Chinese entrepreneurs’ next big break is in developing global brands for their products
A new book argues that the challenges of sophisticated marketing and cultural nuance will be met by China
China may rightly be considered to be the world’s factory but to date it has yet to produce significant international brands.
The Interbrand 2012 list of the hundred “best global brands” did not include a single brand from mainland China while in a recent J Walter Thompson study of US and UK consumers, Chinese companies ranked near the bottom in consumer perceptions of quality, ethical behaviour and environmental consciousness.
According to Nirmalya Kumar and Jan-Benedict Steenkamp, the authors of Brand Breakout, all this may be about to change and China and other developing nations are set to become significant global brand players over the next decade.
They argue that China, for one, has little option if it wishes to continue its phenomenal growth trajectory. The financial crisis in the West has deterred China from passing higher costs to customers, and fewer orders are coming from Europe while demographic changes and increasing labour shortages have led to a quintupling of wages in the last decade with diminishing profit margins.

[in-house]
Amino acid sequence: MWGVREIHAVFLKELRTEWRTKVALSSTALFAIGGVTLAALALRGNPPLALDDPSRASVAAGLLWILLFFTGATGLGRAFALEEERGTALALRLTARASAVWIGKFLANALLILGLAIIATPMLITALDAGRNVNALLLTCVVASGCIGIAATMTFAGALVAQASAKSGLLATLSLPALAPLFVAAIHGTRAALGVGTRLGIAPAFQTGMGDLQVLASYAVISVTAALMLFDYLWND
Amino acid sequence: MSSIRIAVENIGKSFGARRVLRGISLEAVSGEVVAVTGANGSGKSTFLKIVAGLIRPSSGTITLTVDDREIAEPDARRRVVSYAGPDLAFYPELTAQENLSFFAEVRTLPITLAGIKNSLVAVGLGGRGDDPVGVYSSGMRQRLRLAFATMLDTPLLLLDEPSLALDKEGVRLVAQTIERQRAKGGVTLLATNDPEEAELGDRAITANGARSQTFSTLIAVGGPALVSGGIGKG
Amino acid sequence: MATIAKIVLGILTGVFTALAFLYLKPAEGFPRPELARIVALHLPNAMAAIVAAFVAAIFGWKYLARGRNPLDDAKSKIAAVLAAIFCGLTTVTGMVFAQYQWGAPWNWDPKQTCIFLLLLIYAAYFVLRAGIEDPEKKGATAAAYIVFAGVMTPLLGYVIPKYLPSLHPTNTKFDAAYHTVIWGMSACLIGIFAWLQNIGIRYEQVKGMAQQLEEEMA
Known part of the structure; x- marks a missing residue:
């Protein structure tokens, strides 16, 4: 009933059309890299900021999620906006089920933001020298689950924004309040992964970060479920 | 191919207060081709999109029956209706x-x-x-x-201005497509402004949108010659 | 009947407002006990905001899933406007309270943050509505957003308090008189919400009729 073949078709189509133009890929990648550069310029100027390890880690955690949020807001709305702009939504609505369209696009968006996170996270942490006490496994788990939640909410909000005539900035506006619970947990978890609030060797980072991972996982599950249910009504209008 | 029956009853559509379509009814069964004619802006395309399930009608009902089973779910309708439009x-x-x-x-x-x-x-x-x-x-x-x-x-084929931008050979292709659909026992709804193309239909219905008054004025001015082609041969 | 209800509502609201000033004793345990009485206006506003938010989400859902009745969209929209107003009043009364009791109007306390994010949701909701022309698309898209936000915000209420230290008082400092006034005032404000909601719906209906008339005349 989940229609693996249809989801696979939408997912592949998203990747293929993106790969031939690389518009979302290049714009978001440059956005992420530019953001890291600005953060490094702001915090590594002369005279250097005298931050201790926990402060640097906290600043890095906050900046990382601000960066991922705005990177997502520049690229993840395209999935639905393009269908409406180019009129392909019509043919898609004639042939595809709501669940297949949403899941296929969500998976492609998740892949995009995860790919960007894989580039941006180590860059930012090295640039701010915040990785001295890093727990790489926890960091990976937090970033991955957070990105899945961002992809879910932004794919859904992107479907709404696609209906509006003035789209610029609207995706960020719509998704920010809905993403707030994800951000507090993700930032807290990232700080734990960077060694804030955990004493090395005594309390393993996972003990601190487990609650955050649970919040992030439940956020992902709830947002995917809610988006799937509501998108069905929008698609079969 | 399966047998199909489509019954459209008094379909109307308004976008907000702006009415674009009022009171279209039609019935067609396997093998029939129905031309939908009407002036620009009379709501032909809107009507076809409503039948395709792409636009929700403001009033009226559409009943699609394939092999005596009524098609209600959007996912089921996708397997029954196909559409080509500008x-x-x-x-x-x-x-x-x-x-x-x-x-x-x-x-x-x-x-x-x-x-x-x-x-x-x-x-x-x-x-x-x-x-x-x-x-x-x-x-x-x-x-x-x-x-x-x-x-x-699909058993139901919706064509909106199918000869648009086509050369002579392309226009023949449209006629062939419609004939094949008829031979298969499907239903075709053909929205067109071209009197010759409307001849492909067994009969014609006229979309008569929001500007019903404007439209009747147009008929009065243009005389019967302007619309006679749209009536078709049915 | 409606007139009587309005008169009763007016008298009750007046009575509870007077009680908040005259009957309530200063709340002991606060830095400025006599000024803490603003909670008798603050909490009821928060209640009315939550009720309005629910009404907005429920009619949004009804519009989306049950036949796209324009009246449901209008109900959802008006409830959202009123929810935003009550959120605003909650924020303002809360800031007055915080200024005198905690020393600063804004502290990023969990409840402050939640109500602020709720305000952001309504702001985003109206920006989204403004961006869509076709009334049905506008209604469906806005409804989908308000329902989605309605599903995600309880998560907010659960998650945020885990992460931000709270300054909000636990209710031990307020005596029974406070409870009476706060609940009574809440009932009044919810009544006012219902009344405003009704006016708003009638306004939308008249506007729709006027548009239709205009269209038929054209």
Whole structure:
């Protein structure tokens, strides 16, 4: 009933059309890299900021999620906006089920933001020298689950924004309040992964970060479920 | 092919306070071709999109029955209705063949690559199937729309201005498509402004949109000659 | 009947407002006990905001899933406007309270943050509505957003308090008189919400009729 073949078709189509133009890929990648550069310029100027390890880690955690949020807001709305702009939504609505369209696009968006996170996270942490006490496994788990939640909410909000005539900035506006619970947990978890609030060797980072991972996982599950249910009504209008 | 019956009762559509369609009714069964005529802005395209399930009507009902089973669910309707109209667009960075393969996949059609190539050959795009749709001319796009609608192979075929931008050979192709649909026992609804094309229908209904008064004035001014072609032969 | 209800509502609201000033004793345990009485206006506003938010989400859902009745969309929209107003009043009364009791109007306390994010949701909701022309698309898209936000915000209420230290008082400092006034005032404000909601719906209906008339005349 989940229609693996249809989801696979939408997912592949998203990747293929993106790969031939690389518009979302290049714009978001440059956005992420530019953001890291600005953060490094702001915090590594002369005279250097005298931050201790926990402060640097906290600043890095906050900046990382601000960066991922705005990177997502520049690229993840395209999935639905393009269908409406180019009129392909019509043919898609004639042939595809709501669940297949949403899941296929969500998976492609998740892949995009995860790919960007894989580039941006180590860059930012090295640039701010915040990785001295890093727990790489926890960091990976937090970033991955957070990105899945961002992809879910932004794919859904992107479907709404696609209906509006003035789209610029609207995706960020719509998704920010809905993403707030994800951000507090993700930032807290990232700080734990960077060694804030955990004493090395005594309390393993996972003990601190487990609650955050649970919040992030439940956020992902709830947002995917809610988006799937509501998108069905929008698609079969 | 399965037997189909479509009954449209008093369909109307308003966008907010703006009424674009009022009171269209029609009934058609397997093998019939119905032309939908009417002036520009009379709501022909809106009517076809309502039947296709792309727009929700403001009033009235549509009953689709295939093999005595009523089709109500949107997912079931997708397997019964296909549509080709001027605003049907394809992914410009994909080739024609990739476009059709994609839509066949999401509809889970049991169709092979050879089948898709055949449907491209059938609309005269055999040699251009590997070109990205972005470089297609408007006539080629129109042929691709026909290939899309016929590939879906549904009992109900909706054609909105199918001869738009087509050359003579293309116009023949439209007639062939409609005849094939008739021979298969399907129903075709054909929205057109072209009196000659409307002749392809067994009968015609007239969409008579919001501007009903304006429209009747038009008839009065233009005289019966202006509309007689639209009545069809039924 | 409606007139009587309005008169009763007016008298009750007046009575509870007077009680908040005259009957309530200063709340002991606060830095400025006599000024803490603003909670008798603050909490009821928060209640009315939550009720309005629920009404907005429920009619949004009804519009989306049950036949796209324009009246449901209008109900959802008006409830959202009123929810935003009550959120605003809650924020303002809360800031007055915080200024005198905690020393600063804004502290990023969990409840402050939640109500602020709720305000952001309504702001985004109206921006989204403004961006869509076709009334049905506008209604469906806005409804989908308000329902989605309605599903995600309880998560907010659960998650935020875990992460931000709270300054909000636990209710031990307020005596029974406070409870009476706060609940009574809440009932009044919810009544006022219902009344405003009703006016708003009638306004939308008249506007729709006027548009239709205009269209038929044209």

The expectations of Chinese workers are also rising. Witness the case, they say, of Midea, a home appliances manufacturer, that had to build extensive and costly housing and recreational facilities in order to induce workers to come back after their annual leave. The days of being simply the low-cost manufacturing centre of the world are numbered, it appears.
That’s the negative backdrop. On the plus side, China has invested in developing world class manufacturing and engineering capabilities, albeit for foreign brands and has laid a vast foundation to produce global-quality goods. It has vast economies of scale based on a huge domestic market. It just needs to get its head around international marketing.
“What’s more difficult, building engineering and manufacturing excellence or acquiring branding skills?” asks Kumar.
“As a marketing professor, I would suggest that it is easier to get the marketing and branding piece right. Those are skills you can buy. I believe there are some currently under-employed London ad agencies, for example, that might be able to help with that.”
Mind-sets have to change first, however. Up until now, Chinese companies, he notes, happily invest in manufacturing technologies but hesitate to plunge capital into global consumer branding. “They lack experience working with consumers in developed markets and using foreign media to build brands,” he says.
“Chinese entrepreneurs and executives prefer manufacturing, engineering, and finance – the hard sciences – over all the emotional branding stuff that seems fluffy, if not irrelevant to them.